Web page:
Wildlife

As with most trips, my journey to be among these beautiful bears started long before the day I walked down the gangway to board the plane that was to take me to Anchorage, Alaska. From Anchorage, a small prop plane will fly me to the ultimate destination: a remote 2-mile stretch of beach along the western shores of Cook Inlet in South-Central Alaska. I get to spend the better part of 7 days observing and photographing Alaska’s brown bears.

The hour-long flight from Anchorage to the remote beach made one thing perfectly clear: Alaska is wild. Its expanses are enormous, and the isolation is very quickly absolute. In the early mornings, from the beach looking out over Cook Inlet, the sky and the horizon are barely distinguishable. Only a faint line marks the end of one and the beginning of the other. Looking left and looking right in a hundred-and-eighty-degree arc, the view remains largely the same. Behind me is a 1/4 mile of heavy grassland with grasses tall enough to conceal small and average-sized bears, encouraging us to keep our heads on a swivel. At the inland edge of the grassland begins a thick, dark and impenetrable forest that carries North, seemingly forever, and climbs the elevations that dominate the coastline. It is gorgeous. It is quiet. And we are not alone.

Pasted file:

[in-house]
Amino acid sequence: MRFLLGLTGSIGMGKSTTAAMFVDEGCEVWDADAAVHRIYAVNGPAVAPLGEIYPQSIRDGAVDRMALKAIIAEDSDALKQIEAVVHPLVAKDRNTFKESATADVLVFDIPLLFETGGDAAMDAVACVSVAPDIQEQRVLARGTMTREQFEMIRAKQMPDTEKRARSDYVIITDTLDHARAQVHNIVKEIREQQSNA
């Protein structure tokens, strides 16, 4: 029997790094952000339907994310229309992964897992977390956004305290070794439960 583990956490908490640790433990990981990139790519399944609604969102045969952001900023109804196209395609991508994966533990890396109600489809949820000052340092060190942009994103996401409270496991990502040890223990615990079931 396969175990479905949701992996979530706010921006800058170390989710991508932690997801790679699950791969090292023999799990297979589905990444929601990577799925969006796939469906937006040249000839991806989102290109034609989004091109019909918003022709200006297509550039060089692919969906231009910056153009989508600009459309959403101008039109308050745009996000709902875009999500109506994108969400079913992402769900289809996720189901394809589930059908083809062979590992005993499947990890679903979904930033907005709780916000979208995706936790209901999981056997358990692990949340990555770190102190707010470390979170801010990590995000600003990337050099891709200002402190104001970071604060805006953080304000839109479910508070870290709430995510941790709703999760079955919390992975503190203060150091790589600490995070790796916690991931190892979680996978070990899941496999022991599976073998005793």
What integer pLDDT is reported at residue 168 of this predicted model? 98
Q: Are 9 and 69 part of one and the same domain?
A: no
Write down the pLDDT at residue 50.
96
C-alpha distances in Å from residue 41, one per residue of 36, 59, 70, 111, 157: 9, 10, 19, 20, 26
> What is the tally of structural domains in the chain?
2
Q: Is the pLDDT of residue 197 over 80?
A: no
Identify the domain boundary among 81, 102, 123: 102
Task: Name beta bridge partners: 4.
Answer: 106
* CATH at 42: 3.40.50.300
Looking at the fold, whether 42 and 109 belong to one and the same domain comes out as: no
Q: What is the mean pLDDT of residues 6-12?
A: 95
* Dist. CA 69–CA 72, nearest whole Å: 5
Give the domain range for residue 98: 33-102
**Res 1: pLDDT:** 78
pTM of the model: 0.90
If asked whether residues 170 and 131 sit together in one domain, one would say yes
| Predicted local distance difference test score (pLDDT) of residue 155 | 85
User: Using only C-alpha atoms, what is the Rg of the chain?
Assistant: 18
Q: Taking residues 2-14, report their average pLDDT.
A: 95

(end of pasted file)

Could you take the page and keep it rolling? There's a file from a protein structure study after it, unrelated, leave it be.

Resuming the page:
Our stay amongst these animals is humbling. We tread carefully, keeping distances that are sometimes frankly laughable. What seems like “far enough” to us is a distance that any of these majestic animals can cover in seconds if they choose to. But, they allow us among them. The mothers somehow know that we are no threat to the cubs, and instead, they keep their attention on locating the Volkswagen-Beetle-sized males, as these will likely not miss an opportunity to kill a cub.

I’ve captured these photographs in a way that shows the vastness of the stage: this amazing coastline, with its beach flats, leaden skies and sometimes blue, sometimes slate, sometimes silver colors. And on this stage, we impatiently await to see a small sliver of the family lives of our actors: the brown bears.

 

I hope you enjoy these photographs as much as I enjoyed taking them.

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